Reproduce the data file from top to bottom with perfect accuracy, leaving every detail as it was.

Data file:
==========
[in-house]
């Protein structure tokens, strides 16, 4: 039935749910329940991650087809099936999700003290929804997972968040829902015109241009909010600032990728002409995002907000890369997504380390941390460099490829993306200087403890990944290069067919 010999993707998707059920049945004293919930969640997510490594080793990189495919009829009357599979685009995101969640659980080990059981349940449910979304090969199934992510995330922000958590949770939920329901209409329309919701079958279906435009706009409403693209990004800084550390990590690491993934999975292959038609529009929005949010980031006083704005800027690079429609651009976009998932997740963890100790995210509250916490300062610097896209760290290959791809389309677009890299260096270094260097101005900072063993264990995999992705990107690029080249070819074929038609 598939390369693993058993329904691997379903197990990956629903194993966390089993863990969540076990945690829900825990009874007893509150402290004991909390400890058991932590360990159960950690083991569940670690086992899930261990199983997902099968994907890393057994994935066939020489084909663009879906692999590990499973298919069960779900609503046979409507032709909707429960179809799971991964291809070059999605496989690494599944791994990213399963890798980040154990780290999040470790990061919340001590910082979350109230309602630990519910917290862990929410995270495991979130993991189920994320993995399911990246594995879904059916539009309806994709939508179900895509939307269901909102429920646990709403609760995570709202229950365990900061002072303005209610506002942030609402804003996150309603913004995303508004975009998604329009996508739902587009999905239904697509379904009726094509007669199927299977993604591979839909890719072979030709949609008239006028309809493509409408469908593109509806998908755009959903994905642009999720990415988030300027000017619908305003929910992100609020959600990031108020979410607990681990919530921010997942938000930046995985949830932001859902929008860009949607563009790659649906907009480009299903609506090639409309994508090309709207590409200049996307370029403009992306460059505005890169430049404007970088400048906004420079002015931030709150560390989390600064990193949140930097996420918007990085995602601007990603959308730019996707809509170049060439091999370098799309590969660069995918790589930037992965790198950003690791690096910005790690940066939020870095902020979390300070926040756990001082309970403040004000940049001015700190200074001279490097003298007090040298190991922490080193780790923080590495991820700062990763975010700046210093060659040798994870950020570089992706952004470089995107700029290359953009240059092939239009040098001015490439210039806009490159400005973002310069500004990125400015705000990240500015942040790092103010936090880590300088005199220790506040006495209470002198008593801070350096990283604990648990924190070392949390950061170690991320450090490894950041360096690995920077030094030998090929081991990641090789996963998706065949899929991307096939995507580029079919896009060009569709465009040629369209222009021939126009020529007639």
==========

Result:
[in-house]
């Protein structure tokens, strides 16, 4: 039935749910329940991650087809099936999700003290929804997972968040829902015109241009909010600032990728002409995002907000890369997504380390941390460099490829993306200087403890990944290069067919 010999993707998707059920049945004293919930969640997510490594080793990189495919009829009357599979685009995101969640659980080990059981349940449910979304090969199934992510995330922000958590949770939920329901209409329309919701079958279906435009706009409403693209990004800084550390990590690491993934999975292959038609529009929005949010980031006083704005800027690079429609651009976009998932997740963890100790995210509250916490300062610097896209760290290959791809389309677009890299260096270094260097101005900072063993264990995999992705990107690029080249070819074929038609 598939390369693993058993329904691997379903197990990956629903194993966390089993863990969540076990945690829900825990009874007893509150402290004991909390400890058991932590360990159960950690083991569940670690086992899930261990199983997902099968994907890393057994994935066939020489084909663009879906692999590990499973298919069960779900609503046979409507032709909707429960179809799971991964291809070059999605496989690494599944791994990213399963890798980040154990780290999040470790990061919340001590910082979350109230309602630990519910917290862990929410995270495991979130993991189920994320993995399911990246594995879904059916539009309806994709939508179900895509939307269901909102429920646990709403609760995570709202229950365990900061002072303005209610506002942030609402804003996150309603913004995303508004975009998604329009996508739902587009999905239904697509379904009726094509007669199927299977993604591979839909890719072979030709949609008239006028309809493509409408469908593109509806998908755009959903994905642009999720990415988030300027000017619908305003929910992100609020959600990031108020979410607990681990919530921010997942938000930046995985949830932001859902929008860009949607563009790659649906907009480009299903609506090639409309994508090309709207590409200049996307370029403009992306460059505005890169430049404007970088400048906004420079002015931030709150560390989390600064990193949140930097996420918007990085995602601007990603959308730019996707809509170049060439091999370098799309590969660069995918790589930037992965790198950003690791690096910005790690940066939020870095902020979390300070926040756990001082309970403040004000940049001015700190200074001279490097003298007090040298190991922490080193780790923080590495991820700062990763975010700046210093060659040798994870950020570089992706952004470089995107700029290359953009240059092939239009040098001015490439210039806009490159400005973002310069500004990125400015705000990240500015942040790092103010936090880590300088005199220790506040006495209470002198008593801070350096990283604990648990924190070392949390950061170690991320450090490894950041360096690995920077030094030998090929081991990641090789996963998706065949899929991307096939995507580029079919896009060009569709465009040629369209222009021939126009020529007639």